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Last Updated: Wednesday, 1 March 2006, 08:55 GMT
Why hearts should warm to Senedd
Vaughan Roderick
Vaughan Roderick
BBC Welsh affairs editor

Senedd
The Senedd building on the Cardiff Bay waterfront has cost 67m
It is a fair bet that in a few decades few people will remember the furore that surrounded the creation of the new Welsh assembly building, or Senedd.

It is likely to be an accepted and, judging by early reactions, much-loved feature of the Cardiff Bay landscape.

After all, who today remembers those Sydneysiders who protested against the ever-ballooning cost of the building they nicknamed "the drowning nun"?

That iconic symbol is rather better known today as the Sydney Opera House.

Few of today's Cardiffians would agree with their Edwardian forebears who were aghast at the money being poured into the "monumental white elephant" of City Hall.

It does not follow, of course, that a popular building will do anything for the popularity of the institution it houses.

Sydney Opera House
Few today remember protests about the Sydney Opera House

The current evidence suggests that the assembly is, by now, an accepted part of Welsh life. The few opinion polls conducted on the subject suggest that fewer than a quarter of Welsh voters would like to be rid of it.

The "Abolish the Assembly Party" established in 2001 attracted so little support that after a few months it decided to abolish itself.

With the question of abolition apparently a dead duck, the real battles in coming years are set to be between those who are happy with the current settlement and those who want to see ever-stronger powers transferred to Cardiff Bay.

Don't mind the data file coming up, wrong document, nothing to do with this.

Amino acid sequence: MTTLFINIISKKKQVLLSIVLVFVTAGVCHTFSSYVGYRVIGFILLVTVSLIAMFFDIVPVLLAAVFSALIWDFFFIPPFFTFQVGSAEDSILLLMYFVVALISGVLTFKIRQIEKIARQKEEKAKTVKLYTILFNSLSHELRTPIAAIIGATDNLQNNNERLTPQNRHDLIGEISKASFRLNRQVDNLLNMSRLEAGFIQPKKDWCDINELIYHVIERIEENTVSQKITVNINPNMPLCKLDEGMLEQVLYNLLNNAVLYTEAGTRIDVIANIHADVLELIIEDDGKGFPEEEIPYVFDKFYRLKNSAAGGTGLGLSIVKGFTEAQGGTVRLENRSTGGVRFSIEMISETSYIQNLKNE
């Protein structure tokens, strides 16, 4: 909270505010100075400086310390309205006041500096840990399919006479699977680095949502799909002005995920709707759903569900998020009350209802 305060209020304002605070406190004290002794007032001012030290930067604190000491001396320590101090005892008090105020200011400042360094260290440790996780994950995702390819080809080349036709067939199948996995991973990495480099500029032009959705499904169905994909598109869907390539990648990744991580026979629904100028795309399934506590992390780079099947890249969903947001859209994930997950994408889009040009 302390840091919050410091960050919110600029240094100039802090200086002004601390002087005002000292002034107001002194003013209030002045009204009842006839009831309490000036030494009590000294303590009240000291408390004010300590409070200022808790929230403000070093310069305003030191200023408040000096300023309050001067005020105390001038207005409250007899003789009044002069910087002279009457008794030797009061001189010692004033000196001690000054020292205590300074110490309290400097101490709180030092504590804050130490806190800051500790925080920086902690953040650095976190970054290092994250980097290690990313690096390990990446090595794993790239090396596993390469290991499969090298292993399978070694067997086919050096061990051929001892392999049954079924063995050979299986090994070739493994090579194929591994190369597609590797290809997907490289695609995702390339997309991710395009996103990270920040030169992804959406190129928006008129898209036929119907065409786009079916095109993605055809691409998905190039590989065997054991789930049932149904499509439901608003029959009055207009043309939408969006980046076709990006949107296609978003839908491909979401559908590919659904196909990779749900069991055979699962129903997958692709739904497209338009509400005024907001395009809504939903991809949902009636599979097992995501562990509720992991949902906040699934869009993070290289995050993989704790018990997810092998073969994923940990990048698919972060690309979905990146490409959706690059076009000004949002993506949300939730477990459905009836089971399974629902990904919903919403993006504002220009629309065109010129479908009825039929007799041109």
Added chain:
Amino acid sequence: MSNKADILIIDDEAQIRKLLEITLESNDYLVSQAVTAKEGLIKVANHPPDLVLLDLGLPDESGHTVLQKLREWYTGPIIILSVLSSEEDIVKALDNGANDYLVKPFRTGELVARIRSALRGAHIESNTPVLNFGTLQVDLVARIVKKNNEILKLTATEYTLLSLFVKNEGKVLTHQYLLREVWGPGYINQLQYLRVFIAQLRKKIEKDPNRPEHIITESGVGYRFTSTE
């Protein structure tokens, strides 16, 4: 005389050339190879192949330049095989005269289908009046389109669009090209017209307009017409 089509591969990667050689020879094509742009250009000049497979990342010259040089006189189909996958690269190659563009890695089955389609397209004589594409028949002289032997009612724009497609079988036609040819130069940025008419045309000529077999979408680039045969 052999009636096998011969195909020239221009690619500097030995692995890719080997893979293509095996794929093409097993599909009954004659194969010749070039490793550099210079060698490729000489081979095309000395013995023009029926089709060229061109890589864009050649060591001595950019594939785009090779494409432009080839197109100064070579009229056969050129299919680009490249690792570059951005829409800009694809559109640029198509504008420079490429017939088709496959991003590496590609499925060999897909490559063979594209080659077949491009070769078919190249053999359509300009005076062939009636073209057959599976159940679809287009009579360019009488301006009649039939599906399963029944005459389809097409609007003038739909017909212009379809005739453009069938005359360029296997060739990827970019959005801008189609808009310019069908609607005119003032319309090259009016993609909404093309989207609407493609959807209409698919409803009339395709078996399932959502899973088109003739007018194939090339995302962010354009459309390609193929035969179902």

In the end, the assembly and its government will be judged not by its building but by the quality of the services delivered
Unsurprisingly, the strongest supporters of the status quo are to be found in Westminster, while the biggest fans of increased powers are Assembly Members.

The greatest threat to the assembly's legitimacy comes from the falling turnout in assembly elections. Some 47% of Welsh voters went to the polls in the first assembly election in 1999, and only 38% did so four years later.

While some have suggested that the falling turnout suggests that the assembly has failed to win the hearts and minds of the Welsh people, it is more likely to be part of a more general trend.

Cardiff City Hall
Cardiff City Hall: a white elephant to some in Edwardian days

Barely 40% of us cast our votes in the 2004 European and council elections and turnout hit an all-time low of 62% in the 2005 general election.

There is no doubt that if turnout were to drop substantially in the 2007 elections it would be a severe blow to the assembly's credibility and might well put a brake on its ambitions.

For now though, those thoughts are far from the politicians' minds as they enjoy the new sense of permanence and importance that the new building has given the institution.

In the end, though, the assembly and its government will be judged not by its building but by the quality of the services delivered in schools and hospitals and the rest across Wales.


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